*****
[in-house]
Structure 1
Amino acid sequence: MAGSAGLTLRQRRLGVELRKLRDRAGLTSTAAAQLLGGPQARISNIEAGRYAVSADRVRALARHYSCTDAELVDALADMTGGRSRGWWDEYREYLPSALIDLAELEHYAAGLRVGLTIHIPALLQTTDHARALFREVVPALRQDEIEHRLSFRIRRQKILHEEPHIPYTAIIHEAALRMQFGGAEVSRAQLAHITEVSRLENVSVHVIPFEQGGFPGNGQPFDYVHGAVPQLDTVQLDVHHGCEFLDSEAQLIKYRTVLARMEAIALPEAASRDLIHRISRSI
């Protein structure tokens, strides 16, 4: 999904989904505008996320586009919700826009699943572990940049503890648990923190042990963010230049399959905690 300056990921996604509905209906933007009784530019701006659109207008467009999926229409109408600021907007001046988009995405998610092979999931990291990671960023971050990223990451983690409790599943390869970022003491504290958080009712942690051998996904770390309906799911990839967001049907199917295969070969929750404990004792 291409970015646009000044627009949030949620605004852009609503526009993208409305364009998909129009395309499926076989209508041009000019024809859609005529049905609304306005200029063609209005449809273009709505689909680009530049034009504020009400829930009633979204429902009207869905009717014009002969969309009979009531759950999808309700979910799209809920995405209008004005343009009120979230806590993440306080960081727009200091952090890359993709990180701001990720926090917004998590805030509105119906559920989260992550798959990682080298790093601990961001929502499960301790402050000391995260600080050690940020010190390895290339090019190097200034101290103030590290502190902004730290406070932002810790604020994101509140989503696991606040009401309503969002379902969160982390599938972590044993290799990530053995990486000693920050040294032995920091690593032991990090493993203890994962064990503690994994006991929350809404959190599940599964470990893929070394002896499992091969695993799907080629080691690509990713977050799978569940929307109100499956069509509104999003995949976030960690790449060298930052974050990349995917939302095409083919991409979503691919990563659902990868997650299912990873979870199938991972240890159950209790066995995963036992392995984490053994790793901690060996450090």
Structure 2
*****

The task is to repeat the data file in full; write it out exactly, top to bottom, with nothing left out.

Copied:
[in-house]
Structure 1
Amino acid sequence: MAGSAGLTLRQRRLGVELRKLRDRAGLTSTAAAQLLGGPQARISNIEAGRYAVSADRVRALARHYSCTDAELVDALADMTGGRSRGWWDEYREYLPSALIDLAELEHYAAGLRVGLTIHIPALLQTTDHARALFREVVPALRQDEIEHRLSFRIRRQKILHEEPHIPYTAIIHEAALRMQFGGAEVSRAQLAHITEVSRLENVSVHVIPFEQGGFPGNGQPFDYVHGAVPQLDTVQLDVHHGCEFLDSEAQLIKYRTVLARMEAIALPEAASRDLIHRISRSI
């Protein structure tokens, strides 16, 4: 999904989904505008996320586009919700826009699943572990940049503890648990923190042990963010230049399959905690 300056990921996604509905209906933007009784530019701006659109207008467009999926229409109408600021907007001046988009995405998610092979999931990291990671960023971050990223990451983690409790599943390869970022003491504290958080009712942690051998996904770390309906799911990839967001049907199917295969070969929750404990004792 291409970015646009000044627009949030949620605004852009609503526009993208409305364009998909129009395309499926076989209508041009000019024809859609005529049905609304306005200029063609209005449809273009709505689909680009530049034009504020009400829930009633979204429902009207869905009717014009002969969309009979009531759950999808309700979910799209809920995405209008004005343009009120979230806590993440306080960081727009200091952090890359993709990180701001990720926090917004998590805030509105119906559920989260992550798959990682080298790093601990961001929502499960301790402050000391995260600080050690940020010190390895290339090019190097200034101290103030590290502190902004730290406070932002810790604020994101509140989503696991606040009401309503969002379902969160982390599938972590044993290799990530053995990486000693920050040294032995920091690593032991990090493993203890994962064990503690994994006991929350809404959190599940599964470990893929070394002896499992091969695993799907080629080691690509990713977050799978569940929307109100499956069509509104999003995949976030960690790449060298930052974050990349995917939302095409083919991409979503691919990563659902990868997650299912990873979870199938991972240890159950209790066995995963036992392995984490053994790793901690060996450090």
Structure 2